EDITOR’S NOTE: This is part two in a three-part series exploring what short-term rentals mean for Manistee County. Part one focused on the costs of short-term rentals. When the series continues on Wednesday, part three will look at what it means to have short-term rentals in residential districts.
MANISTEE — Short-term rental owners in Manistee County are a diverse group, with a variety of reasons for and approaches to renting their property to visitors.
The News Advocate talked to two such owners to get their perspective on the business and a potential ordinance from Manistee City Council.
Cory Lupinacci and his wife bought a second home in Manistee in the summer of 2014. They planned to use it as a vacation home in the winter and rent it out in the summer, while they stay at their primary residence in Wixom, a suburb of Detroit.
“My wife had a long history of having family vacations on the Lake Michigan shoreline, so when we decided that we wanted to look for a vacation home, the Lake Michigan shoreline was our key requirement,” Lupinacci said.
Lupinacci said they looked at a few cities on the shoreline and tried to get a feel for the appearance, amenities and how it felt as a community for each.
“Manistee was far and away our preference,” he said.
The Lupinaccis rent their property out through Century 21, which was also the real estate company they used to buy it. They have a minimum of seven days required to stay in the property — a Harbor Village condo. Guests are there for seven to eight weeks in the summer and Lupinacci said there’s been “nothing significant” in terms of noise complaints.
Lupinacci doesn’t believe the rental is interchangeable with a hotel room, as some studies have suggested.
“The people that are coming to our property are generally families, sometimes including grandparents. They’re coming to spend quality time together,” he said. “They’re not looking for hotels, they are looking for a place where they can share meals and go to the beach together.”
Multiple families have come back to stay in consecutive years, Lupinacci said.
“I think that people like the destination. They like coming in restaurants, they like shopping in the stores downtown, they enjoy chartering fishing boats, they like to go to the Vogue Theatre,” he said. “It has a nice feel if you compare it to other towns. It’s much more of a community feeling for us. I think that makes Manistee a better destination.”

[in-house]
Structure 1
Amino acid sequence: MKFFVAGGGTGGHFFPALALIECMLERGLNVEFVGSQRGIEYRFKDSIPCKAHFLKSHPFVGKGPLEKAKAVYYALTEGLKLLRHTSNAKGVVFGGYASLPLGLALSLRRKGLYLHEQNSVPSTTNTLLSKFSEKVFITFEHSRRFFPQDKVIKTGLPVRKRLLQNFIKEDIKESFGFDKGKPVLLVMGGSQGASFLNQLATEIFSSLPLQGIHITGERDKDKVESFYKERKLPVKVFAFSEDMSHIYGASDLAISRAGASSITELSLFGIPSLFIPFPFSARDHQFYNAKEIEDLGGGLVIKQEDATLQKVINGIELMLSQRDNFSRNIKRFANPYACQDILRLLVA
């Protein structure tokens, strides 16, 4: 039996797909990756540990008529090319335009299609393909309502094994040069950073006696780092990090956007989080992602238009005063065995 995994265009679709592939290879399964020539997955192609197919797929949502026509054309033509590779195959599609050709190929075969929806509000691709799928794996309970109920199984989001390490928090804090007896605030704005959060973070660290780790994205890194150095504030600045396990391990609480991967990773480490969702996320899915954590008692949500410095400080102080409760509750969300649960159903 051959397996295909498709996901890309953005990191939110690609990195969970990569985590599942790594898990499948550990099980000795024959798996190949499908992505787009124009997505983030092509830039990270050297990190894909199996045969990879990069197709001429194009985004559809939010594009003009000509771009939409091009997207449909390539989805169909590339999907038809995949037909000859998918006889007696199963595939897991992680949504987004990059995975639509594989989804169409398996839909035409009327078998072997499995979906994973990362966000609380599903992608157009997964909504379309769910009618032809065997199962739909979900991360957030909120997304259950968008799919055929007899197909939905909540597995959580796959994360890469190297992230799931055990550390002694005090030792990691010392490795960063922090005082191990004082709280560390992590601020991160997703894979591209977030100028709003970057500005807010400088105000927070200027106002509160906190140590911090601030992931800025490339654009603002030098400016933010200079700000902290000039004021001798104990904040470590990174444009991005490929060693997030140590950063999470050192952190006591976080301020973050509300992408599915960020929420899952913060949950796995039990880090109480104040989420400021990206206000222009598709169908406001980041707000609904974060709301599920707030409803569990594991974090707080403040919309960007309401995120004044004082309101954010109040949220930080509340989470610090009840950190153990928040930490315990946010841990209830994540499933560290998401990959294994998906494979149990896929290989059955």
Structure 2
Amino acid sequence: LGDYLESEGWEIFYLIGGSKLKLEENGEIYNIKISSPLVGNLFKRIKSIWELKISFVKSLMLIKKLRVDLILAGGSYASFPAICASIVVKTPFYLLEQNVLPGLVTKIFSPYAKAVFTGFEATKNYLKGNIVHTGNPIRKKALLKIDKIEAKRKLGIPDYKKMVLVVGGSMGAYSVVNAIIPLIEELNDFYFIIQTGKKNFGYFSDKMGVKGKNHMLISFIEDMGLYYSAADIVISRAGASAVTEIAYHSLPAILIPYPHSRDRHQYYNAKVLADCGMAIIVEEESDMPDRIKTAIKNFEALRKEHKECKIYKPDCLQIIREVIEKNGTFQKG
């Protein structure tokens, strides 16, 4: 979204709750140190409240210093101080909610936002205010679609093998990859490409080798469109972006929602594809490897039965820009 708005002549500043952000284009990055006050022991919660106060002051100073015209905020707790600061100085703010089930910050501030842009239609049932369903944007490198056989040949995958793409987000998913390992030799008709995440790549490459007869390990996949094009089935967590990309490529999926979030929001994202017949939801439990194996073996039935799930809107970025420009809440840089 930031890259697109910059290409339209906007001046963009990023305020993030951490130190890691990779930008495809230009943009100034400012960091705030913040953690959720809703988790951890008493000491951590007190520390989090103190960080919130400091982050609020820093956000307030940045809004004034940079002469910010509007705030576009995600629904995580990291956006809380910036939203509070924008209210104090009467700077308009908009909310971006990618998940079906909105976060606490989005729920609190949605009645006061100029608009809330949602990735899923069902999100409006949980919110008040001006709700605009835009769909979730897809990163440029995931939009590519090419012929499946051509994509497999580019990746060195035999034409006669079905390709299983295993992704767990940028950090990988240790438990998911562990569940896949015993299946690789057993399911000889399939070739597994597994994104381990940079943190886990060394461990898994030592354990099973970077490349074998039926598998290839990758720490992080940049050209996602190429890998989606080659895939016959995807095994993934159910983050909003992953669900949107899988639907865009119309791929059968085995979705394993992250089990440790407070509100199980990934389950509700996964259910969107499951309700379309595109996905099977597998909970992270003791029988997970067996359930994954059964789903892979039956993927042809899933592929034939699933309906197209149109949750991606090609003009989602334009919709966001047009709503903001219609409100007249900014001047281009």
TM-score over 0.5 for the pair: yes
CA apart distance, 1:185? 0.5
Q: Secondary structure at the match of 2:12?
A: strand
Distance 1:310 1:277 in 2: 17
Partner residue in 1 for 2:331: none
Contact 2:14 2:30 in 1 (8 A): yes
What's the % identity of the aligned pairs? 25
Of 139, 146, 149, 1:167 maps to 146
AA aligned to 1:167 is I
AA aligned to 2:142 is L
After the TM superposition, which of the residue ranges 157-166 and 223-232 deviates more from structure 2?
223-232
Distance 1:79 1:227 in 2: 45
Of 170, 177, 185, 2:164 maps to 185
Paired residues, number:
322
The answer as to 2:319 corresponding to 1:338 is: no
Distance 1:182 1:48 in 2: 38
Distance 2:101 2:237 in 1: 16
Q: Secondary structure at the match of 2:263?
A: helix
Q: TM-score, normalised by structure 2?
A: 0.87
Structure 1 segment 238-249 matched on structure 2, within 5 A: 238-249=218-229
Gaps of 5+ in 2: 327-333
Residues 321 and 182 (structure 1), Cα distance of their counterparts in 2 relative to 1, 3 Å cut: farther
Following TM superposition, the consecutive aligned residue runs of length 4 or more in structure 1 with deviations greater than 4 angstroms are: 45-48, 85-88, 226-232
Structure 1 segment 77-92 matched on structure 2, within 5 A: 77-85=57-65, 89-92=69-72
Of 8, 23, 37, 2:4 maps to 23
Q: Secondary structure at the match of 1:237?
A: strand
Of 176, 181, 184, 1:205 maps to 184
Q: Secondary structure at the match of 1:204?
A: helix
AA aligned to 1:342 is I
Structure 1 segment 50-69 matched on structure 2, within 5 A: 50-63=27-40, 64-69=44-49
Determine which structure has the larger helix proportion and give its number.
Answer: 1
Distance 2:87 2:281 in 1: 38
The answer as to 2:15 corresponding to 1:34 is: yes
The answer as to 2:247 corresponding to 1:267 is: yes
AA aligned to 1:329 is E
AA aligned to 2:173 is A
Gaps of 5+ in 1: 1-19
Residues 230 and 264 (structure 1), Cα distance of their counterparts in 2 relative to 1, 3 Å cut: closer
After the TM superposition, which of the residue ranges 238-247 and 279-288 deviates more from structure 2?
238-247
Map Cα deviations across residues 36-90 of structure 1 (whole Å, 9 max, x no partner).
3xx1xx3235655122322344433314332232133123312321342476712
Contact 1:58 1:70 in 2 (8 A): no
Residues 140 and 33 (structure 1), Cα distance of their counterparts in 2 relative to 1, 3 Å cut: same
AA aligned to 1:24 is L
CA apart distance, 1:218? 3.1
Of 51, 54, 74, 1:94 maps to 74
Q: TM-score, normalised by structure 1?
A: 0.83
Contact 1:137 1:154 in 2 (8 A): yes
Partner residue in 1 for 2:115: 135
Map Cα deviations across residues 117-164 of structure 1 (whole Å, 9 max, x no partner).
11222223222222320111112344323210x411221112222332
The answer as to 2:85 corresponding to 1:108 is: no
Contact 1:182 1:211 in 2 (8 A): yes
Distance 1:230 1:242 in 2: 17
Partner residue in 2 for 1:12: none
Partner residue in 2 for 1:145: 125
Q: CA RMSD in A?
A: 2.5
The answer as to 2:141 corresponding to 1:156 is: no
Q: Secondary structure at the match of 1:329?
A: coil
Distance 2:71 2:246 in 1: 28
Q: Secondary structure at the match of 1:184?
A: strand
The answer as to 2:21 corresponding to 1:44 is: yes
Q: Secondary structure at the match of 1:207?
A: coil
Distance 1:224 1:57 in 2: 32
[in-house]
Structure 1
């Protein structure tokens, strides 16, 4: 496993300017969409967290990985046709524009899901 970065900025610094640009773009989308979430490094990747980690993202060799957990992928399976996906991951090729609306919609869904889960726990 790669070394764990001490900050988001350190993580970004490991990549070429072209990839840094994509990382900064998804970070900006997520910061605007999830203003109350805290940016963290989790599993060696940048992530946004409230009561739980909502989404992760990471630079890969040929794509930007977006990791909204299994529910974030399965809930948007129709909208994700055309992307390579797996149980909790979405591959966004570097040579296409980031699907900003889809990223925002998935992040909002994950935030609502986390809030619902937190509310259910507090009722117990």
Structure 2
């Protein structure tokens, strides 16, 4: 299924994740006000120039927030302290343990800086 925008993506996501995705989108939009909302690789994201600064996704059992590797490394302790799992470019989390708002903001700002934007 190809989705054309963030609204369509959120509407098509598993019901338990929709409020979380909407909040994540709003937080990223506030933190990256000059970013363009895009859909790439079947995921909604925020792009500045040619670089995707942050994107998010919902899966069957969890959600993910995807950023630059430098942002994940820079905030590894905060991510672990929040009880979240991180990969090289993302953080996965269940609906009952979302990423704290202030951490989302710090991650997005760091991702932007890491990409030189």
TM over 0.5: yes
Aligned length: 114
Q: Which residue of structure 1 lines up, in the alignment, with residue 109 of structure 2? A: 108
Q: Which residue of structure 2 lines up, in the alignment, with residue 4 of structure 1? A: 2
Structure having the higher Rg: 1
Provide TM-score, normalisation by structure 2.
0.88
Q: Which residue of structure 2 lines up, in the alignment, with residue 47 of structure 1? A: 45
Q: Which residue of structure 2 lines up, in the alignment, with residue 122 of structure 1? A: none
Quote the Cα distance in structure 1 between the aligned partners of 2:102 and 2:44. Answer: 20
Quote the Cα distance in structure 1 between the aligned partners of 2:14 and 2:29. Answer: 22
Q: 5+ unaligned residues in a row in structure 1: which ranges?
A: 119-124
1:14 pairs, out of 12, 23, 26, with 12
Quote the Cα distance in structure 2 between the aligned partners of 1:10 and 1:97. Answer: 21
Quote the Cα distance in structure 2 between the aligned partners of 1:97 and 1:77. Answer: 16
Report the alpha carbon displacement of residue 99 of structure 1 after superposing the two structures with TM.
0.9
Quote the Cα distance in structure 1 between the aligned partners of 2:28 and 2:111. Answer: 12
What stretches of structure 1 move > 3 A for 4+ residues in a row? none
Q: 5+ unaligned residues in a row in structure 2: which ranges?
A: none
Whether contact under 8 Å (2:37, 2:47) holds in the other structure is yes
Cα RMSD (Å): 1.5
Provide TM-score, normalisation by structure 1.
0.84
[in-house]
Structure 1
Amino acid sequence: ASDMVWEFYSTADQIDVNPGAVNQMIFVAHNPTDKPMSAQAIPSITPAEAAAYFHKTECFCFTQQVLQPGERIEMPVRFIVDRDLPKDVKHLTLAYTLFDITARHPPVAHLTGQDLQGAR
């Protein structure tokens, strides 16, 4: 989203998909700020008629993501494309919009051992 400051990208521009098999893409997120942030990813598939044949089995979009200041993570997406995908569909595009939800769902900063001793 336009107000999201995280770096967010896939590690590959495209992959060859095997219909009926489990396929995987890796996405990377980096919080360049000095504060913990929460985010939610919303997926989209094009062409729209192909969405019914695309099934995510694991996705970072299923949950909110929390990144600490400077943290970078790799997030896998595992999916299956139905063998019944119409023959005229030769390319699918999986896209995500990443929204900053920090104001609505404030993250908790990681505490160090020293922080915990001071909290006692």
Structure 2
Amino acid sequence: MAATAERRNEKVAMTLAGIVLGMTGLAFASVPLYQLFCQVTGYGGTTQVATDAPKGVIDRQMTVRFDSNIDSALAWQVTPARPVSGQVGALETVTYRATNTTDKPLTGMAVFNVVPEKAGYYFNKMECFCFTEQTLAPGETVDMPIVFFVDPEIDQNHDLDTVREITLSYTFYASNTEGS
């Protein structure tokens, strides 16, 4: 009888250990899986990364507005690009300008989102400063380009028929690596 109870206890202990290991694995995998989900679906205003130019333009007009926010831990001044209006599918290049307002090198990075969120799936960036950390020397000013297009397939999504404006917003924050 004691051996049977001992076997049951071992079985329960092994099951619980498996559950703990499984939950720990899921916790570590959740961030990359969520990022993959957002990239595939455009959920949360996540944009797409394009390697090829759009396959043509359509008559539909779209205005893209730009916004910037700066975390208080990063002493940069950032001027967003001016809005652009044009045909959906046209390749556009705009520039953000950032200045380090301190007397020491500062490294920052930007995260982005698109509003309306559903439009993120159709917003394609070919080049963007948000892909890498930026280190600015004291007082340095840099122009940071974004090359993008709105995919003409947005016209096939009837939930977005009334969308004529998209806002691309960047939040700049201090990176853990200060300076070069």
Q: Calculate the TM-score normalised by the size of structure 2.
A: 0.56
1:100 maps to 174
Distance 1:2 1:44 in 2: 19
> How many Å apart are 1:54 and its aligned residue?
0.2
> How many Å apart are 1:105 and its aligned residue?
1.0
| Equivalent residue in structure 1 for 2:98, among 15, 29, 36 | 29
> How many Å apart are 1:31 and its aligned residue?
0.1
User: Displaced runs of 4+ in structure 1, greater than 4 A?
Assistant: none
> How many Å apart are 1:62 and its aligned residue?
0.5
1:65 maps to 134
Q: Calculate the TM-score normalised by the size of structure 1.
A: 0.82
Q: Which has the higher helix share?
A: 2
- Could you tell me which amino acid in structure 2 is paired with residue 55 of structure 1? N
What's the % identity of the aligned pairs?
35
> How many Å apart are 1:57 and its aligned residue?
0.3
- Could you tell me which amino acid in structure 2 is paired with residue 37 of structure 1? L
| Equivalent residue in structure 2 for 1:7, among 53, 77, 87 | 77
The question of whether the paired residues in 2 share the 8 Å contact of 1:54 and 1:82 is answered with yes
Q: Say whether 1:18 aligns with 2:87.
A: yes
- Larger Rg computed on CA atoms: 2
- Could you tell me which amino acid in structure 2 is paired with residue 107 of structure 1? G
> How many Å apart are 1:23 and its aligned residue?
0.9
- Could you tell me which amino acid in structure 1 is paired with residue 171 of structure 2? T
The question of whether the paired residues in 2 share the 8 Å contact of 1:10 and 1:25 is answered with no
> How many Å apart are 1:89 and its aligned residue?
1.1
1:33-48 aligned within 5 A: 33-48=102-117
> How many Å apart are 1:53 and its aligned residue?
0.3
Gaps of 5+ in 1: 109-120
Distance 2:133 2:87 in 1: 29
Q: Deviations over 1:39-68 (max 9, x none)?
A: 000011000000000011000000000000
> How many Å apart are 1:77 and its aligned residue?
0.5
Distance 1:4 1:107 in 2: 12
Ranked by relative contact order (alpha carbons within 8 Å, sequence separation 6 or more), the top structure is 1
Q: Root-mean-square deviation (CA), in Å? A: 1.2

Lupinacci understands county officials’ concern about displacement and the feeling of a community, but said his property will remain a vacation home, not a long-term rental if he and his wife were no longer able to rent it out in the summer.
“These aren’t places that would be viewed as low-cost in any way. They are expensive and so we have this dichotomy: the city is looking for low-cost rentals, but you’re not gonna find those in Harbor Village,” he said.
Kirk Tompke is another Manistee County short-term rental owner.
He grew up in Onekama and bought a five-bedroom property in the county hoping to bring in extra income and sees it as an asset for his and his child’s future.
He remodeled the building and started listing it on Airbnb last summer.
“It’s paid for itself — paid the mortgage itself and paid the taxes. With all the construction and remodeling and furniture, I haven’t made a lot of money yet,” he said. “But it is there and it’s providing people with a nice place to come and visit Manistee.”
Tompke only rents the property out in the summer. He decided that to rent for six months in the winter would be too much of a hassle.
“This summer, it was every single weekend. A majority of the time, people would choose to stay for three or four days or five days,” he said.
Like Lupinacci, Tompke said most of his renters are families. He agreed that hotels would not be interchangeable to his renters.
“Say they have four adults with two kids. I don’t know any hotel room that would comfortably fit a family of six, other than a $1,000 suite,” he said. “It just seems like a really affordable, practical way for a family to get away without having to get hotel rooms — just having all the conveniences of home.”
Tompke said there’s been absolutely no complaints about his renters from neighbors.
“I think I’m like a lot of people who have a short term rental,” Tompke said. “They’re just trying to get ahead in life a little bit. It’s just so hard these days to work 40 hours, get your paycheck, try to save something up. It seems like if there’s not some kind of extra passive income coming in, it’s hard to try to take the next step where you’re able to save some money and get into that next kind of upper echelon of life and enjoy it.”
Tompke said he was considering purchasing a second property in Manistee but has stopped his search as he waits for the ordinance from city council.
“I don’t understand why you would want to limit the money coming into Manistee because Manistee and all of these small towns are all tourist towns. The only way to thrive in a tourist town is to have more tourists,” he said. “If you want to expand the economy, you want to bring in as many people as you can. So I don’t really get the point of capping off a lot of people coming in.”
City council will hear a report from staff before making a decision regarding a short-term rental ordinance.
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